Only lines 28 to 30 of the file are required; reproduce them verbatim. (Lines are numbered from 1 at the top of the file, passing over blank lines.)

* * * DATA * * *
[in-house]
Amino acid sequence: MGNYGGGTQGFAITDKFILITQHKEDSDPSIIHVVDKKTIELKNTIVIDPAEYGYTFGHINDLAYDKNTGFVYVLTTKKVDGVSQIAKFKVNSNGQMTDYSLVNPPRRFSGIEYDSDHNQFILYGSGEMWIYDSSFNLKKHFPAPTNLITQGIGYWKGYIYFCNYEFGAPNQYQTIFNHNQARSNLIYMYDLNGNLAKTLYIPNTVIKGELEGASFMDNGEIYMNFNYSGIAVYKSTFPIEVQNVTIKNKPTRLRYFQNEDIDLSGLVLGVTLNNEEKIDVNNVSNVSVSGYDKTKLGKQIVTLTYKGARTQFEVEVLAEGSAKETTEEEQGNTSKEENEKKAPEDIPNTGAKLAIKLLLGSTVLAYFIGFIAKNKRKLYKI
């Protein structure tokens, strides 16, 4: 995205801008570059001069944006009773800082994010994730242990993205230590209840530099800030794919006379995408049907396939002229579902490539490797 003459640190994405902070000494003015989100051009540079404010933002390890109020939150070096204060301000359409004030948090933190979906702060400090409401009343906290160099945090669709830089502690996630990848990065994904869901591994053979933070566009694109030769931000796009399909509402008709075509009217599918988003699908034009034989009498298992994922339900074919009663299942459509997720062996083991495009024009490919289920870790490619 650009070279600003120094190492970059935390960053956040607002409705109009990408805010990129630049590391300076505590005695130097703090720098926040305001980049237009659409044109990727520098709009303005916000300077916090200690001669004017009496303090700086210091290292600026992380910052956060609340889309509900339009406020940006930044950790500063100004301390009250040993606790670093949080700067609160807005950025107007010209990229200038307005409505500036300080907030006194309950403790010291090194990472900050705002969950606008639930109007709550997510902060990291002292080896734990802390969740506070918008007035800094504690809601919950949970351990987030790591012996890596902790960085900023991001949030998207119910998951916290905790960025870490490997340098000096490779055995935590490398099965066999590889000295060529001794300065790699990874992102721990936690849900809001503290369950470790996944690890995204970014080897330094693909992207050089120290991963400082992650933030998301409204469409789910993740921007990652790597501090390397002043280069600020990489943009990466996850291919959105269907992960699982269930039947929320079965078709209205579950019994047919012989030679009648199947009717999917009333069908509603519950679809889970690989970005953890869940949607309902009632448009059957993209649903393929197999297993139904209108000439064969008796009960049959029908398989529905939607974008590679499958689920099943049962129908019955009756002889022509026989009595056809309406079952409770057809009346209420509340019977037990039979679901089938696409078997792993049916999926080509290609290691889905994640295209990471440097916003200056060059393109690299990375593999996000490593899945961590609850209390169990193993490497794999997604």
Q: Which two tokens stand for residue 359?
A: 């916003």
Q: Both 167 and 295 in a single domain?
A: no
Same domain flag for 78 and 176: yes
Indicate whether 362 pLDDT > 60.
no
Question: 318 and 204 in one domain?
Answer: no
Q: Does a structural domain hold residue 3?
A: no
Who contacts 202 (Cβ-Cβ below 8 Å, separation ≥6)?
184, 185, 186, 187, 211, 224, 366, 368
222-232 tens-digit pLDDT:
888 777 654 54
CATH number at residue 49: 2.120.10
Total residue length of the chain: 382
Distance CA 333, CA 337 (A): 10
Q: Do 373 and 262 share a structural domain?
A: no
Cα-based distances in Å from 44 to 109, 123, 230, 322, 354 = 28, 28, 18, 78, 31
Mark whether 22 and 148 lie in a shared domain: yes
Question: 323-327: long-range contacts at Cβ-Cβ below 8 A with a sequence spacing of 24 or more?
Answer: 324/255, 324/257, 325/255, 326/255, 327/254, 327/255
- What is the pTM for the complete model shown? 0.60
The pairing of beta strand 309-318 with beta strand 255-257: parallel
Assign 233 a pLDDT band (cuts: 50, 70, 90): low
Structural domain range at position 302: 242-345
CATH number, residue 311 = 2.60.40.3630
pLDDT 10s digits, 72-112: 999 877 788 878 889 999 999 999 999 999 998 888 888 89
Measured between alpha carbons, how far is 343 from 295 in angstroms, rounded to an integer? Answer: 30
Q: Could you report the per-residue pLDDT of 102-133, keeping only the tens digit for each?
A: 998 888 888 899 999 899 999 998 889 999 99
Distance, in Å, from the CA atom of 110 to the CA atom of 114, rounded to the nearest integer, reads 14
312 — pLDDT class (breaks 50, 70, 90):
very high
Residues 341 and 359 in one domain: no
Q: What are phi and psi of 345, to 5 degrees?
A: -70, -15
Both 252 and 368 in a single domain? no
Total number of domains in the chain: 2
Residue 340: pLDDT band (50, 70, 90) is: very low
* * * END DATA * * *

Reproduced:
- What is the pTM for the complete model shown? 0.60
The pairing of beta strand 309-318 with beta strand 255-257: parallel
Assign 233 a pLDDT band (cuts: 50, 70, 90): low